Did you hear the one about the Japanese band impersonating a German band and doing it rather well? Influenced by the motorik backbeat of NEU! and also heavily borrowing form its guitarist Michael Rother’s solo track ‘Karussell’, IPPU DO’s leader Masami Tsuchiya was something of a multi-cultural sponge, later joining JAPAN for their final ‘Sons Of Pioneers’ tour in 1982. Meanwhile IPPU DO are still best known in the UK for their startlingly original cover version of THE ZOMBIES ‘Time Of The Season’.
Remixed version available on the IPPU DO album ‘Essence: The Best Of’ via Sony Music
LANDSCAPE European Man (1980)
Electronic pioneer Richard James Burgess said to The Electricity Club: “I think we all embraced this new direction because of our raw excitement over the new technology…We discussed it in the band and everyone was on board so I started working on the lyrics that became ‘European Man’”. Colin Thurston was the producer assisting in realising this new direction and interestingly, the rear artwork of the first issue featured an early use of the term “electronic dance music”.
Available on LANDSCAPE album ‘From The Tea-Rooms Of Mars…’ via Cherry Red Records
SIMPLE MINDS I Travel (1980)
“Europe has a language problem” sang Jim Kerr on ‘I Travel’, adding “in central Europe men are marching”. Aware of the domestic terrorist threats that were apparent in every city they were visiting on tour, SIMPLE MINDS captured a claustrophobic tension within its futuristic frenzy like a doomy disco take on Moroder. It was a favourite of DJ Rusty Egan at The Blitz Club where its shadier spectre was highly welcomed by its clientele, reflecting their own discontent closer to home.
Available on the SIMPLE MINDS album ‘Empires & Dance’ via Virgin Records
TELEX Eurovision (1980)
TELEX’s manifesto was “Making something really European, different from rock, without guitar.” Having previously visited a ‘Moscow Disko’ and with tongues firmly in cheeks, they entered the 1980 Eurovision Song Contest with a bouncy electropop song that had deliberately banal lyrics about the whole charade itself. Performing to a bemused audience in The Hague with the sole intention of coming last, unfortunately Finland decided otherwise! Who said the Belgians didn’t have a sense of humour?!
Available on the TELEX album ‘Ultimate Best Of’ via EMI Music Belgium
ULTRAVOX New Europeans (1980)
If there was a song that truly represents The Electricity Club’s ethos, then the synth rock fusion of ULTRAVOX’s ‘New Europeans’ is it! Noting that “his modern world revolves around the synthesizer’s song” in lyrics largely written by drummer Warren Cann, it all pointed to an optimistic way forward “full of future thoughts and thrills” that would later be opened up by direct train travel across the channel with freedom of movement to and from the continent for “a European legacy and “a culture for today”.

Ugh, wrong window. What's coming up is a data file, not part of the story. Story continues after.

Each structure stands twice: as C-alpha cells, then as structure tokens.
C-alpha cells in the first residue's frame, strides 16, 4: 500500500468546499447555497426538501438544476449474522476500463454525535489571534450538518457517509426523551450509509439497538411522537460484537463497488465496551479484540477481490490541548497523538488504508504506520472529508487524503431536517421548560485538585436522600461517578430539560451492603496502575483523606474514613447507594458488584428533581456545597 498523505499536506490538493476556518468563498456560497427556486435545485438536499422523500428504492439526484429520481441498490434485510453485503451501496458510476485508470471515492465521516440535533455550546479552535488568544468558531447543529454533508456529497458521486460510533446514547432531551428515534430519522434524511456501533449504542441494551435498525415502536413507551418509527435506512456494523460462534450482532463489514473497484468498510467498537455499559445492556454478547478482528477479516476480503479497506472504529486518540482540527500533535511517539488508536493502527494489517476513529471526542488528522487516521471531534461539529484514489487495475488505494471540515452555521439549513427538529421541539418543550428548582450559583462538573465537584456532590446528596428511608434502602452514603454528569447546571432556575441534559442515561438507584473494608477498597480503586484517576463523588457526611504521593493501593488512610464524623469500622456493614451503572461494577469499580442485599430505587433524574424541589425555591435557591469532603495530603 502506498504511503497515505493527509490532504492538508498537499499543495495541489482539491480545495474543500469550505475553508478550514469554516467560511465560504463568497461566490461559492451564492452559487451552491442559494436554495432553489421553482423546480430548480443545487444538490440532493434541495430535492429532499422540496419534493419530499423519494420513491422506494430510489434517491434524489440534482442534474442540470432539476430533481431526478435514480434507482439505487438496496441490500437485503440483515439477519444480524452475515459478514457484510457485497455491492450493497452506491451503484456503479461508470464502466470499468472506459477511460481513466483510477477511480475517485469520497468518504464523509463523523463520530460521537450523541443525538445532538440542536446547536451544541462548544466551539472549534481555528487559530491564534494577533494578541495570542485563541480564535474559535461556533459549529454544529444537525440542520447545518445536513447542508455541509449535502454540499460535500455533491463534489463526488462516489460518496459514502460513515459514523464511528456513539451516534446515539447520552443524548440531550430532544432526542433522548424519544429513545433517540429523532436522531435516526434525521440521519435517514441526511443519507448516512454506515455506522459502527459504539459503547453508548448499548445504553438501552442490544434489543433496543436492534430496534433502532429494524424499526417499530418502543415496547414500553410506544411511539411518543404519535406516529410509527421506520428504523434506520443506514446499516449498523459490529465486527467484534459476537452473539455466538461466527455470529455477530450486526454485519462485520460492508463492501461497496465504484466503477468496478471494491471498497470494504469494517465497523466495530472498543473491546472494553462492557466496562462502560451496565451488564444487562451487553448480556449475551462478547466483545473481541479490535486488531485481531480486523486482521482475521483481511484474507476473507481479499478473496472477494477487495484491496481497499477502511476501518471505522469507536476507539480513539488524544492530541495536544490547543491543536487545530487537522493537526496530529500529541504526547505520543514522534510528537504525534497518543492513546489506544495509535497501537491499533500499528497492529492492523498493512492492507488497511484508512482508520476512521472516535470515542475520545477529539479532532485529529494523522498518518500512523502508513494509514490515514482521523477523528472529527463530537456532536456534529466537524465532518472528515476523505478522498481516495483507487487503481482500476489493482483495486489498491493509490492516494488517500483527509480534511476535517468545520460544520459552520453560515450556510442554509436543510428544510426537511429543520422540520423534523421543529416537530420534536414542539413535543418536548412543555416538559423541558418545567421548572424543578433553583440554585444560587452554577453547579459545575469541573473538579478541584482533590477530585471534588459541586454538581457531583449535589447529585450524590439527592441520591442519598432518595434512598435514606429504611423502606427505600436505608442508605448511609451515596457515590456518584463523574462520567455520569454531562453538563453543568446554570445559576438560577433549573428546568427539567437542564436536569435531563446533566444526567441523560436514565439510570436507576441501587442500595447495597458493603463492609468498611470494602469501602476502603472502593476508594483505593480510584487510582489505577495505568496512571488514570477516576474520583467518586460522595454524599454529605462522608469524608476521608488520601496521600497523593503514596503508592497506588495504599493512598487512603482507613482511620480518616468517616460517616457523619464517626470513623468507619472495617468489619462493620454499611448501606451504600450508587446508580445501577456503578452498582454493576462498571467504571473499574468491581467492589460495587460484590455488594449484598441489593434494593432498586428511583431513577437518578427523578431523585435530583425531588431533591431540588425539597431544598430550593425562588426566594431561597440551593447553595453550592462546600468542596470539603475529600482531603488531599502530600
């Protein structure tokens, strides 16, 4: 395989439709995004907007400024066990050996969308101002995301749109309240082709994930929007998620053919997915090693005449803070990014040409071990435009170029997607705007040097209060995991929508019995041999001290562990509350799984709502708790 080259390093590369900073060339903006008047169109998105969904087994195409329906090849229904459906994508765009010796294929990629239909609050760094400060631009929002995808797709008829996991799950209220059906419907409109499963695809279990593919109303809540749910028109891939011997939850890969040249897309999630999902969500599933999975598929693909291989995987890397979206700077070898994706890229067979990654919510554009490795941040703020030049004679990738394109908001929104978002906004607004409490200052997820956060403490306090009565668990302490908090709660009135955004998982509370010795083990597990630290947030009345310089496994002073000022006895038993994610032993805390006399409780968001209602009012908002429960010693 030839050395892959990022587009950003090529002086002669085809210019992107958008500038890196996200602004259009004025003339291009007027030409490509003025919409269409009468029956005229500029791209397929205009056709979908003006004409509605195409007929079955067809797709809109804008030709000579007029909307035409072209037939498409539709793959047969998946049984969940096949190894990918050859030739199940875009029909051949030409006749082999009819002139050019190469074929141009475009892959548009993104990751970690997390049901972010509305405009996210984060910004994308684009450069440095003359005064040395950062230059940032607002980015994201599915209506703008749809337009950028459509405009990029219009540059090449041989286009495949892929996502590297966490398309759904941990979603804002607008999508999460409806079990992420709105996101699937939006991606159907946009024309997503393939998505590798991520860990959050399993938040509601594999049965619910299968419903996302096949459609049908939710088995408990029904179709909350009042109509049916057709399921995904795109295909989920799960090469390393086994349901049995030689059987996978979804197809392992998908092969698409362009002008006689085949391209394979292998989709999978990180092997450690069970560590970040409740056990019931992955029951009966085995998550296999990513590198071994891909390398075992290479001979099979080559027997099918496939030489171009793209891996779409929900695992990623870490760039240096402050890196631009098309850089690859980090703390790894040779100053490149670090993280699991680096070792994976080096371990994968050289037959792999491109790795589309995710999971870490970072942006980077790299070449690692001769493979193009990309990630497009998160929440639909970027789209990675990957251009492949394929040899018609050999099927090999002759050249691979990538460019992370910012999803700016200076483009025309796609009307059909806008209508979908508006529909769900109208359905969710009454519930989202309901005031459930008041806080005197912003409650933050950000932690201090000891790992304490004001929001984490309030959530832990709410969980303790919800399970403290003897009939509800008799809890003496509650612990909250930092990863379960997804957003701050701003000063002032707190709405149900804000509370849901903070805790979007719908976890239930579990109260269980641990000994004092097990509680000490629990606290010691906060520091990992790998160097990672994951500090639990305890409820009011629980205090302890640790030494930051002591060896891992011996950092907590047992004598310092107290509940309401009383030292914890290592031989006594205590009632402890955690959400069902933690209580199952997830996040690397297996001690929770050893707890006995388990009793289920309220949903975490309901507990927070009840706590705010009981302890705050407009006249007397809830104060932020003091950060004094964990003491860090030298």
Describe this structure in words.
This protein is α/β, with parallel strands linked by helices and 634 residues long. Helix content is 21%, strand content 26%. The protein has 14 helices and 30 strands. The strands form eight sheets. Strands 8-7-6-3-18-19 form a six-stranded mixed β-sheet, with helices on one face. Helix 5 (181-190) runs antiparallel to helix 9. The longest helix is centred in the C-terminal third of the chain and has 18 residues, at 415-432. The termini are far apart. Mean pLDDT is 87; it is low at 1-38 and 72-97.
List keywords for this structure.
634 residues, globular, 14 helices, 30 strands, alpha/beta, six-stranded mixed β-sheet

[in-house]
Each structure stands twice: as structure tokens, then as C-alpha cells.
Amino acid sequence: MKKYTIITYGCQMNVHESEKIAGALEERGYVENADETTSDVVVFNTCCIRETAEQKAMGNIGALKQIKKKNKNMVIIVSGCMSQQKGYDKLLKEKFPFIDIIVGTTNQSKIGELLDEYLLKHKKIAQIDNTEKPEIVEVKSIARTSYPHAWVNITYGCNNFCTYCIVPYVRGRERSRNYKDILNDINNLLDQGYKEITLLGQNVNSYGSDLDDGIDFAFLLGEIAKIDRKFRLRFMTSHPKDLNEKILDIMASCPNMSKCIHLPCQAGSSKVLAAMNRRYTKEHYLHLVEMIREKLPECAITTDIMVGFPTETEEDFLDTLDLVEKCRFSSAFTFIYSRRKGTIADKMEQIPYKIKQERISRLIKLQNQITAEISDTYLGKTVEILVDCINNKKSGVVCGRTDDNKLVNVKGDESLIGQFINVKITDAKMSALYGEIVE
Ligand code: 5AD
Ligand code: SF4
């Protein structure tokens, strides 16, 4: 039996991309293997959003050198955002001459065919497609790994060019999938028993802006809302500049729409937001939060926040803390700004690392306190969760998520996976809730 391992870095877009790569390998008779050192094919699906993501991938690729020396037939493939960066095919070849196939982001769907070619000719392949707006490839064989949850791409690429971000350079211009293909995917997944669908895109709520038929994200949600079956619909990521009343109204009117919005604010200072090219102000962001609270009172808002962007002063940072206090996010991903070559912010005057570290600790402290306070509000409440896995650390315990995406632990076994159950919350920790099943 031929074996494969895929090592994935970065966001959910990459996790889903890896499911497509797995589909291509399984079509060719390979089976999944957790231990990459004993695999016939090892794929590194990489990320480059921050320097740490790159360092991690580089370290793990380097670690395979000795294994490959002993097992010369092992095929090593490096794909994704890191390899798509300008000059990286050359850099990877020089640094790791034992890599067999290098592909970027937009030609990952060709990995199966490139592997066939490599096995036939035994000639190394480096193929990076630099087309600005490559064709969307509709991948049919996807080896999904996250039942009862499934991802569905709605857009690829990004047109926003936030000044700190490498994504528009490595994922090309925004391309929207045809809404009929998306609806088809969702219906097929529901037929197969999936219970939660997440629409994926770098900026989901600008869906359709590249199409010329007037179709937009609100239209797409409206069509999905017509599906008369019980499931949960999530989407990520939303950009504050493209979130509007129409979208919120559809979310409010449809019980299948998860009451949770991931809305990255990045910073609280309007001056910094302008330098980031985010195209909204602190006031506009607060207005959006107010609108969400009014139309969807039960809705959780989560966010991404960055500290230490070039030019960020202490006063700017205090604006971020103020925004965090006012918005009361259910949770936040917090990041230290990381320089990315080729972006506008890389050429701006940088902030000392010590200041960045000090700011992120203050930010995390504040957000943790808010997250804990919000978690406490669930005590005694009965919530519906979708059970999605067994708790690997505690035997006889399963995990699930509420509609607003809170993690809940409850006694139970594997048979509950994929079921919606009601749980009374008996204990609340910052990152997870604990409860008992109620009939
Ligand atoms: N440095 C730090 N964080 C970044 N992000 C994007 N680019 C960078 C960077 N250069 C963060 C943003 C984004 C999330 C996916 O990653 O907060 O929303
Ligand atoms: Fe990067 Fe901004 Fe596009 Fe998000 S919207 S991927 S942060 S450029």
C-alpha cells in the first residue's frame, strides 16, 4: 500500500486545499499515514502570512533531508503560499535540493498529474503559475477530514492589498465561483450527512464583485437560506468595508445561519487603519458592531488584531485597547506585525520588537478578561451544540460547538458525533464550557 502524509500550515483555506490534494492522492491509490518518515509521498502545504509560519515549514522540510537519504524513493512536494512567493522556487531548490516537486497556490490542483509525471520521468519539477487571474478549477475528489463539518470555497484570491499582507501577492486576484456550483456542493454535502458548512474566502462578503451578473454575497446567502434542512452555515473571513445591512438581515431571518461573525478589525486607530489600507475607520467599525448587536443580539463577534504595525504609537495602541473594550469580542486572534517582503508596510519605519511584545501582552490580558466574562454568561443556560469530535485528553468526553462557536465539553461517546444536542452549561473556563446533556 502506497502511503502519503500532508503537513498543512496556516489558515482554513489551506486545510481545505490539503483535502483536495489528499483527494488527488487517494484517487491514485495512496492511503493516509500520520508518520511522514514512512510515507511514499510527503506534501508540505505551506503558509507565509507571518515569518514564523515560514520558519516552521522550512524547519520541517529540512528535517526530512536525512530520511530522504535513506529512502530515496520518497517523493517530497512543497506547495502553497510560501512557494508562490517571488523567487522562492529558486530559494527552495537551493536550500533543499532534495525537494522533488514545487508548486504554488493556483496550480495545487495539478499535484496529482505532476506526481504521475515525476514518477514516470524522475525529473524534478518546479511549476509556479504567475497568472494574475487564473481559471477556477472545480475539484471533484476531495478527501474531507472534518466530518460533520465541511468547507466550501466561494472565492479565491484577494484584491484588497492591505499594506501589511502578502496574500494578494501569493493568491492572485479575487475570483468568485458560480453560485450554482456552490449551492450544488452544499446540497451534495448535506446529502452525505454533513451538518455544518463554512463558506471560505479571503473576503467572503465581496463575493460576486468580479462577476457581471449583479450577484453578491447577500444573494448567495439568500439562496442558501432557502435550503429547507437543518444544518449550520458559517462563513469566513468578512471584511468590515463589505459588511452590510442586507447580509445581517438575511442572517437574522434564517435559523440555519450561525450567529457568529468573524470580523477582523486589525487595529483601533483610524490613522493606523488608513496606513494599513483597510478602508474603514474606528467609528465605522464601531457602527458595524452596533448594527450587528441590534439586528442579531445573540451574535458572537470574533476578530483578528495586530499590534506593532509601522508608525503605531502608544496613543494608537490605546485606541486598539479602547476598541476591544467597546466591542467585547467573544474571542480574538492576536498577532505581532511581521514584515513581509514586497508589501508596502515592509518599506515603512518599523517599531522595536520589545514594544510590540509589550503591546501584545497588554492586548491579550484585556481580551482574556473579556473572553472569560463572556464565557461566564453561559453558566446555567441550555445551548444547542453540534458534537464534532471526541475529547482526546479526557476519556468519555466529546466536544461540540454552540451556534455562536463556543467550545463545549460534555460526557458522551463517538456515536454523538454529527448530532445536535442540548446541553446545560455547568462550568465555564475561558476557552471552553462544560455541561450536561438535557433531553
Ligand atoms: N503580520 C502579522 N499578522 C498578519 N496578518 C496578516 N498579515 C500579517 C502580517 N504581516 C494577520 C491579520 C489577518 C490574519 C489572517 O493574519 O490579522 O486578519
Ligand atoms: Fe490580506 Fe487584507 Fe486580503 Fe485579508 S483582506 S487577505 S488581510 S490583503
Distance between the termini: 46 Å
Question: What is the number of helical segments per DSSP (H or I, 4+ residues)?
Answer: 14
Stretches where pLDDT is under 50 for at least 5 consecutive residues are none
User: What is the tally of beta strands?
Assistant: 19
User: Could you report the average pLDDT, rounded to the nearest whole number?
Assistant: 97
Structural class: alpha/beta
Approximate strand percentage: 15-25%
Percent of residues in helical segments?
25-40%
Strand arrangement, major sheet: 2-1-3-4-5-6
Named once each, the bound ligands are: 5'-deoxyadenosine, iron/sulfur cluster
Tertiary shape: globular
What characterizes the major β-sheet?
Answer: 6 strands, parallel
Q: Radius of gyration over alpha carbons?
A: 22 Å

Available on the ULTRAVOX album ‘Vienna’ via EMI Records
VISAGE Moon Over Moscow (1980)
While in his dual role as DJ at The Blitz Club and VISAGE’s drummer, Rusty Egan had become inspired by the melodic interplay of Japanese trio YELLOW MAGIC ORCHESTRA which had been European influenced: “I liked the album and played it along with TELEX and SPARKS. The sound was an influence on VISAGE. By the time we recorded ‘Moon Over Moscow’, that was to include Russia, Japan, Germany and France in our sound… the drummer was also using the same drum pads as me!”
Available on the VISAGE album ‘Visage’ via Alliance Import
ASSOCIATES White Car In Germany (1981)
ASSOCIATES first musical signs of a fascination towards European influenced electronic music came with the funereal pulse of ‘White Car In Germany’. The swirling electronics, cold atmosphere and treated percussion were intended to sound as un-American as possible. Billy MacKenzie’s observational lyric “Aberdeen’s an old place – Düsseldorf’s a cold place – Cold as spies can be” accurately captured post-war tensions under the spectre of the bomb.
Available on the ASSOCIATES album ‘The Very Best Of’ via BMG
JOHN FOXX Europe After The Rain (1981)
Foxx admitted he had been “reading too much JG Ballard” and had thawed considerably following ‘Metamatic’. Now spending his spare time exploring beautiful Italian gardens and taking on a more foppish appearance, his new mood was reflected in his music. Moving to a disused factory site in Shoreditch, Foxx set up a recording complex which he named ‘The Garden’ and the first song to emerge was the Linn Drum driven ‘Europe After The Rain’. Foxx had now achieved his system of romance.
Available on the JOHN FOXX album ‘Modern Art: The Best Of’ via Music Club
JAPAN European Son (1981)